Report: Apple Could Generate $40 Million Per Year in iWork for iPad

Apple could be on pace to generate $40 million per year in sales of iWork apps for the iPad, according to some back-of-the-napkin math by The San Francisco Chronicle. The newspaper based its estimates on the rate in which other Top Ten productivity apps sell, a category where Pages, Numbers, and Keynote has claimed the top three positions since before the iPad even shipped.

The Chronicle’s points out that its numbers are rough and contain a lot of assumptions, but the base assumption based on numbers from other developers is that Apple is selling roughly 7,500 copies of each app on both weekend days, and 2,500 copies of each app per weekday. At $10 per app - an amount that Apple, alone of all the iPhone OS developers, keeps in its entirety - Apple is generating roughly $850,000 per week in revenue.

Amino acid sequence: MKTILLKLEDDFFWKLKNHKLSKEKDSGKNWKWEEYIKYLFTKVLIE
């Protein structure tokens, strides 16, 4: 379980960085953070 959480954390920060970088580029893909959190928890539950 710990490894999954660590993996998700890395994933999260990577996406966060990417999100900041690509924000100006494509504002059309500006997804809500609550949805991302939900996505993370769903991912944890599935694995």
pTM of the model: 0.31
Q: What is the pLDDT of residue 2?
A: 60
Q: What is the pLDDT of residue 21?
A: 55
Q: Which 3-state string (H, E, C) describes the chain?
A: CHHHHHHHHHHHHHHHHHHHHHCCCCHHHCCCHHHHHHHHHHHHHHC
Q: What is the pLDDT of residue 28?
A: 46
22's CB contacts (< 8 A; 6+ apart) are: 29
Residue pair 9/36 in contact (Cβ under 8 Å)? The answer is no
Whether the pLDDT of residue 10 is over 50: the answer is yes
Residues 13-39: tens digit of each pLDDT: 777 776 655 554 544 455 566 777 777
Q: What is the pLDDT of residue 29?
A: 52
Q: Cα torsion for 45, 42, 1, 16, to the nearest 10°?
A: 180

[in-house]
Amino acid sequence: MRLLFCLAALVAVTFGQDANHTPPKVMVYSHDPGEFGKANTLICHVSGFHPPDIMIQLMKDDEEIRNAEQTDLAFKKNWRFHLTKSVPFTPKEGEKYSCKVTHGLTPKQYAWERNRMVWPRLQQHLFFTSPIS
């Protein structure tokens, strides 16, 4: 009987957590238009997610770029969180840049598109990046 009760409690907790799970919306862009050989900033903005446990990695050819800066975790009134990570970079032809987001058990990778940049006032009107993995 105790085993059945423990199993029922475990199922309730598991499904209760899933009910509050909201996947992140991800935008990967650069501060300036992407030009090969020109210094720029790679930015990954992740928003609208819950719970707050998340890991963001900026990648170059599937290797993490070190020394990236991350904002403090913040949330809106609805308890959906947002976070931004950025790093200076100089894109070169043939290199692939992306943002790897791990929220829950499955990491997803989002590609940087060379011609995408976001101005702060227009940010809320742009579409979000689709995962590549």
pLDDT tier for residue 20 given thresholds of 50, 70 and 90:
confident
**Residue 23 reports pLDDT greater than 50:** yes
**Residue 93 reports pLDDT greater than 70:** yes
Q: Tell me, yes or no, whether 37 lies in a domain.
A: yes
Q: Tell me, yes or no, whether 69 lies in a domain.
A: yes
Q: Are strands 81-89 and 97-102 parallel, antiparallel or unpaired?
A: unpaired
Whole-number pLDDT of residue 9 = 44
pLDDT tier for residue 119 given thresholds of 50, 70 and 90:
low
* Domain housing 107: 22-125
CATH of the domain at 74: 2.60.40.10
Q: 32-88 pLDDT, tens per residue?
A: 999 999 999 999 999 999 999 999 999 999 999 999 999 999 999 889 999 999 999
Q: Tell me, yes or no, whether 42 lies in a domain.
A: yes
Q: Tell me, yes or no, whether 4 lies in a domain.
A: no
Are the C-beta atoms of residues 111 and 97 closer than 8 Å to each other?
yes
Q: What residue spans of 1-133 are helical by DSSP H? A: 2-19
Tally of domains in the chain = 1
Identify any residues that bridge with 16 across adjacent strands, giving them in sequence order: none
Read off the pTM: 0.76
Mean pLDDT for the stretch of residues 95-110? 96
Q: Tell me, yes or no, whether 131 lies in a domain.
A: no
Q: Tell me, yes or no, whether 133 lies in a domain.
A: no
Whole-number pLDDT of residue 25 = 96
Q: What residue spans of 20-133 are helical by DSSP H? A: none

Obviously those numbers are based only on the initial U.S. market, and expanding global markets, growing iPad sales, seasonal issues, exchange rates, and other factors will have an impact on Apple’s sales going forward. In addition, this is a brand new market, and there’s no way of knowing if Apple’s early success with its iPad iWork apps will continue.

The newspaper made some salient observations about these numbers that we found interesting: For one thing, Google generates only $50 million per year in global revenue from its Google Docs business. It’s easily conceivable that Apple will surpass that mark for iWork sales for just one device, the iPad.

At the same time, even $100 million in revenue would be a relative drop in the bucket for Apple, whose annual revenue should surpass $50 billion for the first time in 2010. That said, at even $40 million, iWork would make Apple easily the largest iPad developers when measured by sales, and it’s likely that the $40 million will easily be highly profitable.

On the other hand, The Chronicle pointed out that Microsoft Office generated $4 billion in revenue and $2.6 billion in profit for Big Redmond in just the last quarter.